Registered with the Registrar of Newspapers for India under R.N.I 53640/91
Vol. XXXIII No. 6, July 1-15, 2023
Government-owned built heritage in Chennai seems to have never had it so good. All over the city, many Indo-Saracenic structures are getting much needed restoration and if not that, at least a facelift. In the last decade or so, there has certainly been a change in attitude as far as the authorities are concerned over built heritage of the colonial kind. And this is to be welcomed. It is certainly not the happy ending as far as the battle to preserve heritage is concerned but it is undoubtedly progress. The question remains, will this influence private players and more importantly Government undertakings to also preserve the heritage they own? Or can the Government at least work towards making this happen?
All over the city, heritage structures owned by the State are seeing restoration exercises. Work on Chepauk Palace seems to be nearing completion going by the blood red coat of paint it is now doused with. That will hopefully fade with time to a more acceptable shade but what is important is that conservation seems to have been done on scientific lines. VP Hall is under scaffolding and long-promised restoration is underway. In our last issue we reported on how Rajaji Hall is to be restored at a cost of Rs 17 crores. The Government has since followed that up with an announcement that it plans to renovate the TANUVAS building in Vepery. Last heard, even the Mint Building was supposed to be restored.
A crucial factor in all these restorations has been the trained team that the Public Works Department has developed inhouse for such projects.
“I felt rather silly for a second there,” confesses Siddharth, waving towards his expensive new sports car. The bonnet catches the sun rather prettily – sophisticated, shiny and sleek, it can accelerate to high speeds in the blink of an eye. Siddharth was temporarily thrown for a toss earlier in June, when the Greater Chennai Traffic Police (GCTP) announced that city speed limits would be revised to 40kmph in the daytime and 50kmph at night. Newly installed speed radars with ANPR (Automatic Number Plate Recognition) cameras at key spots such as Anna Arivalayam junction, Dr Gurusamy Bridge, Pulla Avenue, Ration Shop Junction in Maduravoyal, Parry’s Corner, Injambakkam, and Spencer Plaza would help identify violators.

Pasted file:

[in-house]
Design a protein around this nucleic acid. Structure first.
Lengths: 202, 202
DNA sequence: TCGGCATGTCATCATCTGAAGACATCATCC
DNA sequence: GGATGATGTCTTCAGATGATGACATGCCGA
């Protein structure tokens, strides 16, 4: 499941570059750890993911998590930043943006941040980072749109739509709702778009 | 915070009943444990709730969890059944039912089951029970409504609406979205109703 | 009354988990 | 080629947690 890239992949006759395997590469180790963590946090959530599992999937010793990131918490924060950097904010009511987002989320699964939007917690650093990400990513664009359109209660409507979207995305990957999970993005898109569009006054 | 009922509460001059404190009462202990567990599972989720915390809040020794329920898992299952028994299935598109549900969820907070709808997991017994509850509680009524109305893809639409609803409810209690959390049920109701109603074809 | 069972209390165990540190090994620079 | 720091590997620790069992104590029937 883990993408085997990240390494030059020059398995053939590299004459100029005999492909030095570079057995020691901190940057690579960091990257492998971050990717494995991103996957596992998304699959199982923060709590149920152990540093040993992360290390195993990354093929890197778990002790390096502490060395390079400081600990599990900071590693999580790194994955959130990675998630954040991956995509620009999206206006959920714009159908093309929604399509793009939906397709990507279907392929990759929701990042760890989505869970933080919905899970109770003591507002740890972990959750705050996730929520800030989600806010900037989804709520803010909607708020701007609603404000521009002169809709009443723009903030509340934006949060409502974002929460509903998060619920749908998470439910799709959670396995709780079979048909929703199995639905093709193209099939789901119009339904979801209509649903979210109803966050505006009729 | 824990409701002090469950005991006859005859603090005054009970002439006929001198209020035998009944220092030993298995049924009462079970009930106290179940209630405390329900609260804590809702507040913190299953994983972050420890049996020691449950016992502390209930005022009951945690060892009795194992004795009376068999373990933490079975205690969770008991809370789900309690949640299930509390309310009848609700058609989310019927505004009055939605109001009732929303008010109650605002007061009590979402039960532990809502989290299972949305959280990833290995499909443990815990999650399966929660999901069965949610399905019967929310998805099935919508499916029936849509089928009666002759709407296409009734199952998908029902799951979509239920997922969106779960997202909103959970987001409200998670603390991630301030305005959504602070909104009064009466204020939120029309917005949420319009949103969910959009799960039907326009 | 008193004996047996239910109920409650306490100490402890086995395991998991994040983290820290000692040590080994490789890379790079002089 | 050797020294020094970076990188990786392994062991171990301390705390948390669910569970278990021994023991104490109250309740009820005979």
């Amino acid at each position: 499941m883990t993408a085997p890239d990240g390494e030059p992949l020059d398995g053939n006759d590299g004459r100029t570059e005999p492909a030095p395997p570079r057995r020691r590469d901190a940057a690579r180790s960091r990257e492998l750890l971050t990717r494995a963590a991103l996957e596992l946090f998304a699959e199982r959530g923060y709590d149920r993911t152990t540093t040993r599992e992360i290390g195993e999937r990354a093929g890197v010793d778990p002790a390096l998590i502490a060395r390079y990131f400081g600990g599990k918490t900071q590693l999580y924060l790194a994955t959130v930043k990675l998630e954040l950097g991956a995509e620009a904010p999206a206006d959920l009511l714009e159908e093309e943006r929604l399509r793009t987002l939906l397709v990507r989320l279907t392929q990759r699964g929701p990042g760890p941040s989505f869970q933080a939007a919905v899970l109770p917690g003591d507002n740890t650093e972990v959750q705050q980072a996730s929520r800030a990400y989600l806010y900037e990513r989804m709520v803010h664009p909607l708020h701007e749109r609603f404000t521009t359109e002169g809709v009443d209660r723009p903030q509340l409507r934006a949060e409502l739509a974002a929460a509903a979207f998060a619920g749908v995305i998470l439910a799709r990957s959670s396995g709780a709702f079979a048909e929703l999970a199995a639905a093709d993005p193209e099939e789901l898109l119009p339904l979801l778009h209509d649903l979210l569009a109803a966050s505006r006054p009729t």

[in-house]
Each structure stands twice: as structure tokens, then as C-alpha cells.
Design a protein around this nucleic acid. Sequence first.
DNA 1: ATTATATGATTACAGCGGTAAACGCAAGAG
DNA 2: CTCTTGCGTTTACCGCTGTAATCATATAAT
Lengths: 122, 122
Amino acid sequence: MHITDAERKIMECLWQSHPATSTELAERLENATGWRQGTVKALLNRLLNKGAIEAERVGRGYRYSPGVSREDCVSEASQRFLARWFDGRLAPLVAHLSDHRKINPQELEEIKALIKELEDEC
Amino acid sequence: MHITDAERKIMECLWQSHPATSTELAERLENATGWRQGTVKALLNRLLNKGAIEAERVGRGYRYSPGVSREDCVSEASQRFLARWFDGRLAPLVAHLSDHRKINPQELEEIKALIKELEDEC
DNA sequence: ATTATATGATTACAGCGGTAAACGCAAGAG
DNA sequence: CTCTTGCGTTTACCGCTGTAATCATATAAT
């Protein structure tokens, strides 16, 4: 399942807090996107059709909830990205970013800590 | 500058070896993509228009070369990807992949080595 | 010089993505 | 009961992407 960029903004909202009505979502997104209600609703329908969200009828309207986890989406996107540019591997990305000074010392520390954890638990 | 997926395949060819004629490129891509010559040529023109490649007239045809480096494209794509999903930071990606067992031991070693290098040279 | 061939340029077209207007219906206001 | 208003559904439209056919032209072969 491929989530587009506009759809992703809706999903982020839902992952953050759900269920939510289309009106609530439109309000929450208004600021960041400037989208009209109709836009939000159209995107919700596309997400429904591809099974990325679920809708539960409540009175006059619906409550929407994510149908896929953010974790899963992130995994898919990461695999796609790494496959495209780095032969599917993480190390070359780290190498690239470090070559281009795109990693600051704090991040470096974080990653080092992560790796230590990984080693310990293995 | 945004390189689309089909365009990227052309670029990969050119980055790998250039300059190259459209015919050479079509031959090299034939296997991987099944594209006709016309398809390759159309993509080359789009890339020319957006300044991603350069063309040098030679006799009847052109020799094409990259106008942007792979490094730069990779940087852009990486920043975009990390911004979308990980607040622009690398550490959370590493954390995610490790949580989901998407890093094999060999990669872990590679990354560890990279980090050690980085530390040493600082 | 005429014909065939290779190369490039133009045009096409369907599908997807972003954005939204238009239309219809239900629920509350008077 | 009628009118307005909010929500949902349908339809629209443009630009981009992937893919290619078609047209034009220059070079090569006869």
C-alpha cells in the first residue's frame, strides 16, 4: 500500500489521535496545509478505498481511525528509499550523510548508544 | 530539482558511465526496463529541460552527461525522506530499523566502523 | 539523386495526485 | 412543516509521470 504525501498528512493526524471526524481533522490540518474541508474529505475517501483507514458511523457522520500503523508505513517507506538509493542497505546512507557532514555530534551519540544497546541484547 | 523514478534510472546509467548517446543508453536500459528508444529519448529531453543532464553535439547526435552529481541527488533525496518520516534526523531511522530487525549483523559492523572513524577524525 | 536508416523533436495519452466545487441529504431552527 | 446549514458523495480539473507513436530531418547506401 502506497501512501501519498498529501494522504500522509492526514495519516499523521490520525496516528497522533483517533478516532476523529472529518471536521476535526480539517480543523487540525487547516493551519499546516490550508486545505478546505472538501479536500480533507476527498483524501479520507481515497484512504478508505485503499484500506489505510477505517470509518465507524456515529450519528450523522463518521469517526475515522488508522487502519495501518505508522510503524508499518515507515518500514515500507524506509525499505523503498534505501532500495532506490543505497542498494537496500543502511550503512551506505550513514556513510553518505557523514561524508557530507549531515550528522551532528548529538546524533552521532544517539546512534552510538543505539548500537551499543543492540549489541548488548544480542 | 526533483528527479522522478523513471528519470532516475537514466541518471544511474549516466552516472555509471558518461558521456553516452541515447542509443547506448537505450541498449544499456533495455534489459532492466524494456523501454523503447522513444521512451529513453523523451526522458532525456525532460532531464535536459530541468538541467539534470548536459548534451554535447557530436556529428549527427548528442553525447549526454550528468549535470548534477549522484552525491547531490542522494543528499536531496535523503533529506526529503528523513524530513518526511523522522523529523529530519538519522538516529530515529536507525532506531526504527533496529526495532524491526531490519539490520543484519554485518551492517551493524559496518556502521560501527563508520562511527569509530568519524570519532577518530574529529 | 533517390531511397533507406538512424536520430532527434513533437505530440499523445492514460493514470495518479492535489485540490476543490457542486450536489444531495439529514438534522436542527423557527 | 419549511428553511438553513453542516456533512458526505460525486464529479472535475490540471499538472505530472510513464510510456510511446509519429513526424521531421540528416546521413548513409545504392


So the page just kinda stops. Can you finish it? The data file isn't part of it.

July 1 will mark the completion of fifty years of the iconic Anna (Gemini) Flyover. Built at a time when the number of vehicles crossing that junction was around 9,000 during peak hours, it continues to cater to a load far higher than that. And yet it keeps working, with minimum maintenance. It certainly deserves to be commemorated and celebrated.
July 1, 2023 marks fifty years of the inauguration of one of the city’s most identifiable landmarks, the Gemini Flyover. It was the first flyover to come up in the city (and the 3rd in the country) and was touted to be the largest of them all at the time of its construction. The English and Tamil versions of the July 1973 editions of the Tamilarasu magazine, the official organ of the Government brought out by the Department of Information and Public Relations carry interesting information about the project.
The need for measures to ease the traffic congestion
The idea of a flyover over Mount Road was first mooted in, believe it or not, 1948! And it was much bigger than what we have now – for the plan was to construct it from Gemini Circle all the way to Island Grounds. When we speak of lost opportunities this would certainly be one. The Corporation of Madras was the sponsor of the scheme and it simultaneously mooted yet another flyover – from where the Police Commissioner’s Office now stands in Vepery, to the Fort Station. This in effect was more or less the elevated road along Poonamallee High Road that is still being talked about. We must be thankful that the Gemini flyover was constructed in 1973 at least.